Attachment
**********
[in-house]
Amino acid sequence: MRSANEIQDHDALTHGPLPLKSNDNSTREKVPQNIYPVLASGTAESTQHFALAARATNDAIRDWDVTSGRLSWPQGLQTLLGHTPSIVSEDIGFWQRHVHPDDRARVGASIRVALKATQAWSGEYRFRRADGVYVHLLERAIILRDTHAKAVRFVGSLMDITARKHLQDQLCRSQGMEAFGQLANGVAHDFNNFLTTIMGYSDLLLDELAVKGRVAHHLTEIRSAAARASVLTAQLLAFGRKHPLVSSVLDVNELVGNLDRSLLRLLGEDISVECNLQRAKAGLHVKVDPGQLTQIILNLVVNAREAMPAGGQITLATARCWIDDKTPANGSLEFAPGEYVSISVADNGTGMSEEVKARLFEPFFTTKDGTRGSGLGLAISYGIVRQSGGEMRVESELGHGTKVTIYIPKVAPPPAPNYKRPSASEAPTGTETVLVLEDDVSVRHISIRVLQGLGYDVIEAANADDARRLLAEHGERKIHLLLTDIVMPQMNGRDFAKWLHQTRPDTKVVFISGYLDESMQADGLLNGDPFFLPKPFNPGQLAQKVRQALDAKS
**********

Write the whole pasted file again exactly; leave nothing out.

[in-house]
Amino acid sequence: MRSANEIQDHDALTHGPLPLKSNDNSTREKVPQNIYPVLASGTAESTQHFALAARATNDAIRDWDVTSGRLSWPQGLQTLLGHTPSIVSEDIGFWQRHVHPDDRARVGASIRVALKATQAWSGEYRFRRADGVYVHLLERAIILRDTHAKAVRFVGSLMDITARKHLQDQLCRSQGMEAFGQLANGVAHDFNNFLTTIMGYSDLLLDELAVKGRVAHHLTEIRSAAARASVLTAQLLAFGRKHPLVSSVLDVNELVGNLDRSLLRLLGEDISVECNLQRAKAGLHVKVDPGQLTQIILNLVVNAREAMPAGGQITLATARCWIDDKTPANGSLEFAPGEYVSISVADNGTGMSEEVKARLFEPFFTTKDGTRGSGLGLAISYGIVRQSGGEMRVESELGHGTKVTIYIPKVAPPPAPNYKRPSASEAPTGTETVLVLEDDVSVRHISIRVLQGLGYDVIEAANADDARRLLAEHGERKIHLLLTDIVMPQMNGRDFAKWLHQTRPDTKVVFISGYLDESMQADGLLNGDPFFLPKPFNPGQLAQKVRQALDAKS